President’s Award for Collaborative Research and Creative Work
rhetoric and writing doctoral program, led an archival research project that supports both education and the preservation of BGSU history.During the 2016 spring semester, Dr. Sue Carter Wood, director of the
In recognition of this effort, she received a President’s Award for Collaborative Research and Creative Work at the Faculty Excellence Awards April 13.
The award recognizes innovative research and creative work conducted by faculty members in collaboration with graduate students. The $5,000 award included $2,500 for continued collaborative research activities with BGSU graduate students and a $2,500 cash award.
Carter Wood and her graduate students were nominated for their archival research project that involved collaboration using archival research methods to compose alphabetic and visual histories and to digitize artifacts for an online exhibit. The exhibit is now published on the Wm. T. Jerome Library website as part of its BGSU Student Digital Gallery.
“Throughout this project, I learned a great deal about archival methodology in research, implications for digitizing archives and how to engage in collaborative research” wrote graduate student Danielle Donelson. “This project allowed my fellow doctoral students and me an opportunity to collaborate with the Special Collections Staff and to provide a public service to the campus community in digitizing archival exhibits.”
The project has also been presented at two conferences: the College English Association of Ohio spring 2016 conference and the Thomas R. Watson fall 2016 conference.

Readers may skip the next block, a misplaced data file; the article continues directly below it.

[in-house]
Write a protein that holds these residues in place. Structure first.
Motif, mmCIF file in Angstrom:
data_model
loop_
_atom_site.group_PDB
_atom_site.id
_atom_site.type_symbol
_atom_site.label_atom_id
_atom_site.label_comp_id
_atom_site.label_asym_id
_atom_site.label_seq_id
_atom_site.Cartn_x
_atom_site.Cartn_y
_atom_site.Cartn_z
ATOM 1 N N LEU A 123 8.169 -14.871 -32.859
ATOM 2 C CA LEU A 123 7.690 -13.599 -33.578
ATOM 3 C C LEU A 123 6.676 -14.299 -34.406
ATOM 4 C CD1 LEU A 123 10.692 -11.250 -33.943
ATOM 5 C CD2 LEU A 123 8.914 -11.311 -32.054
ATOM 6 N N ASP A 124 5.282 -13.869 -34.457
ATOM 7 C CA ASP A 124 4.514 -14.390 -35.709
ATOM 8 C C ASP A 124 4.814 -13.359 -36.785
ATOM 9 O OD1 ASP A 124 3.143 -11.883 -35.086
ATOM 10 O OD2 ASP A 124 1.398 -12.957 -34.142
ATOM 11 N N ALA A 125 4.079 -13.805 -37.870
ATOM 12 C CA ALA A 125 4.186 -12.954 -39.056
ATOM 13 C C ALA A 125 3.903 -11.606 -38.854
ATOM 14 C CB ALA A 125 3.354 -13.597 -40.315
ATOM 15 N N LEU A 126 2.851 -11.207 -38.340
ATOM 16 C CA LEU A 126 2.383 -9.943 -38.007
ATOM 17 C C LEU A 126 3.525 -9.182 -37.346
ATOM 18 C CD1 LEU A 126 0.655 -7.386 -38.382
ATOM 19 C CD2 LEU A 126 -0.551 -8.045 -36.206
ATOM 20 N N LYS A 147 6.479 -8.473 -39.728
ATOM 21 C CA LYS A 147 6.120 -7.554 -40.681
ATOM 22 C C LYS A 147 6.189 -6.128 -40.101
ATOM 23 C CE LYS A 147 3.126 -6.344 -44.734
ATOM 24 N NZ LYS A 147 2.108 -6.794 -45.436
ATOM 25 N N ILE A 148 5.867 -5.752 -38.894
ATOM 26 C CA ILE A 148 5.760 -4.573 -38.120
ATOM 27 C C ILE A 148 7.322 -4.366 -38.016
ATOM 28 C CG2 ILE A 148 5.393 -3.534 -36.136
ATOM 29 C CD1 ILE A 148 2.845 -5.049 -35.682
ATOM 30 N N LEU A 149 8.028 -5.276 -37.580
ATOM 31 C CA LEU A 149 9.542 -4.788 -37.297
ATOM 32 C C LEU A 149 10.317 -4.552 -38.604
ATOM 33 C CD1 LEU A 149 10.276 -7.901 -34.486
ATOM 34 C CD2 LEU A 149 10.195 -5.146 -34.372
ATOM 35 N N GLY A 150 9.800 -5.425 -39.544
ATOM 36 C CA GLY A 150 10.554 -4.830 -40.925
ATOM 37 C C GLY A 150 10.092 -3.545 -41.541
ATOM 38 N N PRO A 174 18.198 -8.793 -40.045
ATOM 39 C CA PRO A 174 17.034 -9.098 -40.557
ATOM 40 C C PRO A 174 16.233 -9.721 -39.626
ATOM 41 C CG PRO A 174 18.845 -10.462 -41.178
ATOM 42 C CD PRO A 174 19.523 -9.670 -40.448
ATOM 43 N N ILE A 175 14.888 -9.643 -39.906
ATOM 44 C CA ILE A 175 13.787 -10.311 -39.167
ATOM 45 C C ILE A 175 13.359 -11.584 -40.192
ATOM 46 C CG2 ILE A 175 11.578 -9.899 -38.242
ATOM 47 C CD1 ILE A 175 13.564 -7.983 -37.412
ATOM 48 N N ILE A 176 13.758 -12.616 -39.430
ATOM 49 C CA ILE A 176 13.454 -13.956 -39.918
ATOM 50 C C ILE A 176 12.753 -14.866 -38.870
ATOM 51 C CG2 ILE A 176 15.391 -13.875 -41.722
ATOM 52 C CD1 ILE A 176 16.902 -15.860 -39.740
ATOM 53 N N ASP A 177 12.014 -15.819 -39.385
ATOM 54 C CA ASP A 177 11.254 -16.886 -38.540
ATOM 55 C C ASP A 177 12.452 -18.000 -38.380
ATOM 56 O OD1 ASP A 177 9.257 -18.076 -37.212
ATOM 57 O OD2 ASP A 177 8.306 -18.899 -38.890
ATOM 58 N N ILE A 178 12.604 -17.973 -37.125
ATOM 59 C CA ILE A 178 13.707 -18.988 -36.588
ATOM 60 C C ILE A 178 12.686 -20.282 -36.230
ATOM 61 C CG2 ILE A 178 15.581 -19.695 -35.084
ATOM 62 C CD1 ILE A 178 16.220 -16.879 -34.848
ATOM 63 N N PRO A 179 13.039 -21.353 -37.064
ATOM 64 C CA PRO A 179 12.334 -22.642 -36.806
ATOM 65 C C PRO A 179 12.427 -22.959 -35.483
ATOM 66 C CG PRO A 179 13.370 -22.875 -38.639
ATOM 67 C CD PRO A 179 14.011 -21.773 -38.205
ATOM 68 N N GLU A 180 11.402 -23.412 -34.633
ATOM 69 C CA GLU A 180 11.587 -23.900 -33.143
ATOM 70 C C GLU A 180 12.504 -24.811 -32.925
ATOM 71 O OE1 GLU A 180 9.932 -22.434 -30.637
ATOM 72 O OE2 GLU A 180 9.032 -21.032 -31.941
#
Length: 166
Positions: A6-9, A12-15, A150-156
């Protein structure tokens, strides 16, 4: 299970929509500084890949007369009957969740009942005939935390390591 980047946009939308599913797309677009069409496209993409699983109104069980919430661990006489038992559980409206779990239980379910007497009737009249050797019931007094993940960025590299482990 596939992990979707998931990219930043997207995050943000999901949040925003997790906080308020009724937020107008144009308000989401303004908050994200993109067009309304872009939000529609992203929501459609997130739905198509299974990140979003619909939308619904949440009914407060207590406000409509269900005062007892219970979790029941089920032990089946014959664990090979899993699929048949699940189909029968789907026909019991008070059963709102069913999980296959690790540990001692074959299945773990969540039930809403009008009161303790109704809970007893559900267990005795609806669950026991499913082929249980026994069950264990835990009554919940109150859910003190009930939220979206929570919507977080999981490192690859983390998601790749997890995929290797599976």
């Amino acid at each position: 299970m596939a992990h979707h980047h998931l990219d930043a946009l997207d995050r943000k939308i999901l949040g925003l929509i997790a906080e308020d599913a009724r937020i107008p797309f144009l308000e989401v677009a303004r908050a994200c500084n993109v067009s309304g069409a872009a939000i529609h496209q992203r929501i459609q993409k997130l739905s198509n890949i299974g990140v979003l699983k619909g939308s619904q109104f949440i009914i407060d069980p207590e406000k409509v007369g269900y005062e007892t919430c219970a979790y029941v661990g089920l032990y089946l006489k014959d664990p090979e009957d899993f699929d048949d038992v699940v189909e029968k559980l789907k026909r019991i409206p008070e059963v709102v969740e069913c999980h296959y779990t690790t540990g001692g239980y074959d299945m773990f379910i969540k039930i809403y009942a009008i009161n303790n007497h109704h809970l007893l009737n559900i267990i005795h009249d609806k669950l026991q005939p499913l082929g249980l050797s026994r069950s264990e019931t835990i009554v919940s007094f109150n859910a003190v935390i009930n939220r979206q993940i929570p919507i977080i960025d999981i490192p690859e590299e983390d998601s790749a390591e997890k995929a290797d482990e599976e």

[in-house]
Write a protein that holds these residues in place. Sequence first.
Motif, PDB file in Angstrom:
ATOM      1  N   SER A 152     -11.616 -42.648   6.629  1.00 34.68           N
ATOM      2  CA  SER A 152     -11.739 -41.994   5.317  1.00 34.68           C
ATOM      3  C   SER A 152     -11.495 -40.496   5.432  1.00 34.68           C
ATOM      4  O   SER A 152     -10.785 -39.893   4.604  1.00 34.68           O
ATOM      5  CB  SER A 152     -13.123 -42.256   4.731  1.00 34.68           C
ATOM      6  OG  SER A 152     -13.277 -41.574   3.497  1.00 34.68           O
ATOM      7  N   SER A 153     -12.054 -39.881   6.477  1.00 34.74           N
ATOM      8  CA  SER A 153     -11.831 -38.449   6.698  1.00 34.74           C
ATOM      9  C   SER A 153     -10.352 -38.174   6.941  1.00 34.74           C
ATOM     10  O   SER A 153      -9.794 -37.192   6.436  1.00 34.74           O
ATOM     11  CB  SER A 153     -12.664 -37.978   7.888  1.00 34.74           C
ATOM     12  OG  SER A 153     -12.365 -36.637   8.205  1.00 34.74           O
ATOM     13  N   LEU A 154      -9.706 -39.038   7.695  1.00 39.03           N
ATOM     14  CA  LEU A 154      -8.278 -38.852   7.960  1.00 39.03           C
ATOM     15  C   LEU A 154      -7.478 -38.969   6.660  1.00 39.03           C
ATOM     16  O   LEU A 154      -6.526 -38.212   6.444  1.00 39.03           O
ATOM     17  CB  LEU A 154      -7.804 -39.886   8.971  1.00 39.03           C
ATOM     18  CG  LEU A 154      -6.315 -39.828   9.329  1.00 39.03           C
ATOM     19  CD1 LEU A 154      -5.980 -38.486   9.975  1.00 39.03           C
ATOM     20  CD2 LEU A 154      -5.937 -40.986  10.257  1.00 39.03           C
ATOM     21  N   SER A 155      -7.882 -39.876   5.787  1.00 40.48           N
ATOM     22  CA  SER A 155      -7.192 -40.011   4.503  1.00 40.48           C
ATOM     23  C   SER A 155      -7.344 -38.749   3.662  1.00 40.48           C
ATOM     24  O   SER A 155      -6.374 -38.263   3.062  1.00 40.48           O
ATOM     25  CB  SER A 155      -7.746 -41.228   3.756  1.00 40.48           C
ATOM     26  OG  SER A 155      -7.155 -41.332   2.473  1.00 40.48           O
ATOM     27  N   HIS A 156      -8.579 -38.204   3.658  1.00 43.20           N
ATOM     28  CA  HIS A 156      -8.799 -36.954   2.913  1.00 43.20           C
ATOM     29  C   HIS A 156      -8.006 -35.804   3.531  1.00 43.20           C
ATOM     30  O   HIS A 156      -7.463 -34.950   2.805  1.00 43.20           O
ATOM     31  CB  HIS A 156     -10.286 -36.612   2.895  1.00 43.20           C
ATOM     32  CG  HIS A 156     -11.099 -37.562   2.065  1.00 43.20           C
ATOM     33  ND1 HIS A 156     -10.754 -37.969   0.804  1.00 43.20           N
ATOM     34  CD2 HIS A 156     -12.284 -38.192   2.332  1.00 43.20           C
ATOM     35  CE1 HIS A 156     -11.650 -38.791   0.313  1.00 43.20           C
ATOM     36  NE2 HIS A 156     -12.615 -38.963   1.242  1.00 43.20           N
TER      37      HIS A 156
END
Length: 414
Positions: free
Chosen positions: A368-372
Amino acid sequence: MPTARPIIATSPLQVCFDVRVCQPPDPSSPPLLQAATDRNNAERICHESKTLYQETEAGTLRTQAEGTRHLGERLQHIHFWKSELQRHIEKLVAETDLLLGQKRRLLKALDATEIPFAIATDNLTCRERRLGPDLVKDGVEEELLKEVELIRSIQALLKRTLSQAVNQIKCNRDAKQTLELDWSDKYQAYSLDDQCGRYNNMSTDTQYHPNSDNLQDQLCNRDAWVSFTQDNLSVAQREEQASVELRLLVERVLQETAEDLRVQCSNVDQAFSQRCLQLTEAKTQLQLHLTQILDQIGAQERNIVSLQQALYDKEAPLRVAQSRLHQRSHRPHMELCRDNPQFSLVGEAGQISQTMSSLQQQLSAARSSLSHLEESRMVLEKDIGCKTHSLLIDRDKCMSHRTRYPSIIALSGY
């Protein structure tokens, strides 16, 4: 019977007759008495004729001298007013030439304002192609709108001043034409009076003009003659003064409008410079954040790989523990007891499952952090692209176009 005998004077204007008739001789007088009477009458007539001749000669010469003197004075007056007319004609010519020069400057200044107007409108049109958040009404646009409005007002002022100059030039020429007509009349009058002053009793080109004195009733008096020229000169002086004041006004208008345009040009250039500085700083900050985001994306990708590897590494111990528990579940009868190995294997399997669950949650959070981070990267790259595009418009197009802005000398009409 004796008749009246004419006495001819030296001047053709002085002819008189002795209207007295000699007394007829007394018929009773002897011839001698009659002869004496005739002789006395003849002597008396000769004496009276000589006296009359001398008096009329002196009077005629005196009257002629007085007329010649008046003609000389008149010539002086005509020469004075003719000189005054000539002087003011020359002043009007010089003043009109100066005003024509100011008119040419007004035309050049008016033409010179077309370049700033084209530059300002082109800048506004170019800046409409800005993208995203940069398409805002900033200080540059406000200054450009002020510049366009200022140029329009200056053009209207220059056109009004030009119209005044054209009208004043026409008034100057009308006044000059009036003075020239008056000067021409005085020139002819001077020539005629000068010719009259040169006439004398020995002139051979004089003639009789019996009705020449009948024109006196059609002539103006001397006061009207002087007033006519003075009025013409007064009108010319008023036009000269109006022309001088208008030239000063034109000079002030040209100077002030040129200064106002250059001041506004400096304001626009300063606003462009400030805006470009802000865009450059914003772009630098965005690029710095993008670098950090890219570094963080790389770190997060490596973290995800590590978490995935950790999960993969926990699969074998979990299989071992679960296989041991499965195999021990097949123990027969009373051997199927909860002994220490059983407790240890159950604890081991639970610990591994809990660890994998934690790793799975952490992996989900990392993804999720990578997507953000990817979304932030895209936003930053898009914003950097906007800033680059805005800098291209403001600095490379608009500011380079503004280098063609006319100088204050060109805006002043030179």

“One thing I greatly appreciated about Dr. Wood’s involvement with this project was her guiding us toward academic conferences where we could present our research,” wrote graduate student Kristin LaFollette. “As a first-year Ph.D. student at the time, I was new to conference presentations and how to submit, so I can’t thank Dr. Wood enough for introducing me to my first academic conference where I was able to present my archival research along with my classmates.”
Through the project, several students have found new research trajectories to follow as they grow in their careers.
“It is because of Dr. Wood’s support and encouragement that I continue to want to do archival research and now have the confidence to do so,” wrote graduate student Lauren Garskie.
Other students have continued to further develop the investigation that began in Carter Wood’s course.
“Dr. Wood provided guidance and encouragement through this project, challenging us to make connections to what was happening in rhetoric and composition at the same time,” wrote graduate student Sara Austin.
Throughout the project, students were actively engaged in the collaborative processes of researching and writing for publication. Students also saw the various realities of scholarly research, leading them to realizations that will better prepare them as future faculty members.
Carter Wood and several of the participants plan to collaborate on an article about this project that will focus on the enactment of feminist research methodologies and archival research methods in doctoral education in rhetoric through digital humanities projects.